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My Visit to Glenstone

As promised when I posted a slideshow of my photos last week (but a bit later than I expected), here is a link to my review of Thomas Phifer & Partners' Pavilions at Glenstone Museum. Short take: it's a masterpiece, if a highly controlled one.

Glenstone Museum

The Forum Is Open

Columbia University opened the third building on its Manhattanville Campus yesterday. The Forum was designed by Renzo Piano Building Workshop, who is also responsible for the first two buildings on campus: the Jerome L. Greene Science Center and the Lenfest Center for the Arts. Below is a slideshow of photos I took at yesterday's opening of The Forum, which I had a hard-hat tour of in July.

The Forum, Completed

Glenstone Museum

Here is an interactive slideshow with 74 of the photos I took last week at a press preview of the Pavilions at Glenstone Museum in Potomac, Maryland, designed by Thomas Phifer and Partners. The slideshow moves from the Arrival Hall, along the Main Path, to the Pavilions and its various Galleries that are organized with Passages around a central Water Garden. It's an amazing building that is well worth seeing in person.

Glenstone Museum

The Pavilions at Glenstone open to the public on October 4; visit the Glenstone website for information on tickets, which are free but must be reserved in advance. My review of the building will be on World-Architects later this week, linked from this blog for convenience.

So You Want to Learn About: 'Learning from Las Vegas'

The "So You Want to Learn About" series highlights books focused on a particular theme: think "socially responsible architecture" and "phenomenology," rather than broad themes like "housing" or "theory." Therefore the series aims to be a resource for finding decent reading materials on certain topics, born of a desire to further define noticeable areas of interest in the books I review. And while I haven't reviewed every title, I am familiar with each one; these are not blind recommendations.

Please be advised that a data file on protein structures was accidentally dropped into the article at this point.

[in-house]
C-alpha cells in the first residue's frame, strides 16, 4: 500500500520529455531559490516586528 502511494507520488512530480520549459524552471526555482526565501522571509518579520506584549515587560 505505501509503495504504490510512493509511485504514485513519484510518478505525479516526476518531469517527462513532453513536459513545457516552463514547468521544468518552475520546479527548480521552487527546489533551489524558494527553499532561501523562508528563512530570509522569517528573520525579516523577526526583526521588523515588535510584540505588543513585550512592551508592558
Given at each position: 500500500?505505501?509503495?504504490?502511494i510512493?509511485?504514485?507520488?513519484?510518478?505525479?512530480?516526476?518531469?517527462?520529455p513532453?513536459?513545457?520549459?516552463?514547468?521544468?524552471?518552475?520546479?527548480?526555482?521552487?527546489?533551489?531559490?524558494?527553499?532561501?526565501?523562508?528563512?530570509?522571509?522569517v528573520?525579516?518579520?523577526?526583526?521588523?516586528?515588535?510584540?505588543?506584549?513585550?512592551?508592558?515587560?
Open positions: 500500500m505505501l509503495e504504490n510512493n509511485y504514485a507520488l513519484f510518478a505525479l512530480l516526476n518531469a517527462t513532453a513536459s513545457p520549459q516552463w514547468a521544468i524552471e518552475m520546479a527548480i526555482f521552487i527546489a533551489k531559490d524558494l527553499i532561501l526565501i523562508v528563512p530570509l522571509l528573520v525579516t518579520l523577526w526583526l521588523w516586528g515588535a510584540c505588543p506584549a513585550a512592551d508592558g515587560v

Well before the death of Robert Venturi last week at the age of 93, I'd planned a "So You Want to Learn About" post on Learning from Las Vegas, the classic text by Robert Venturi, Denise Scott Brown, and Steven Izenour from 1972. It's only now that I finally got around to finalizing it. Last year I noticed that MIT Press had released a facsimile version of the hard-to-find and extremely expensive first edition; a couple years before that I came across and bought a cheap copy of the first edition; and over the years I'd amassed a few titles that analyze and critique the influential book. I can't think of any other book that has given rise to so many book-length investigations. Therefore Learning from Las Vegas -- and Robert Venturi -- deserves, at the very least, the "So You Want to Learn About" treatment.

Originals:

Book Briefs #38: Houses

"Book Briefs" are an ongoing series of posts with short first-hand descriptions of some of the numerous books that make their way into my library. These briefs are not full-blown reviews (though some might go on to get that treatment), but they are a way to share more books worthy of attention than find their way into reviews on this blog. This installment features five coffee table books on contemporary single-family houses.



Architects' Houses by Michael Webb | Princeton Architectural Press | 2018 | Amazon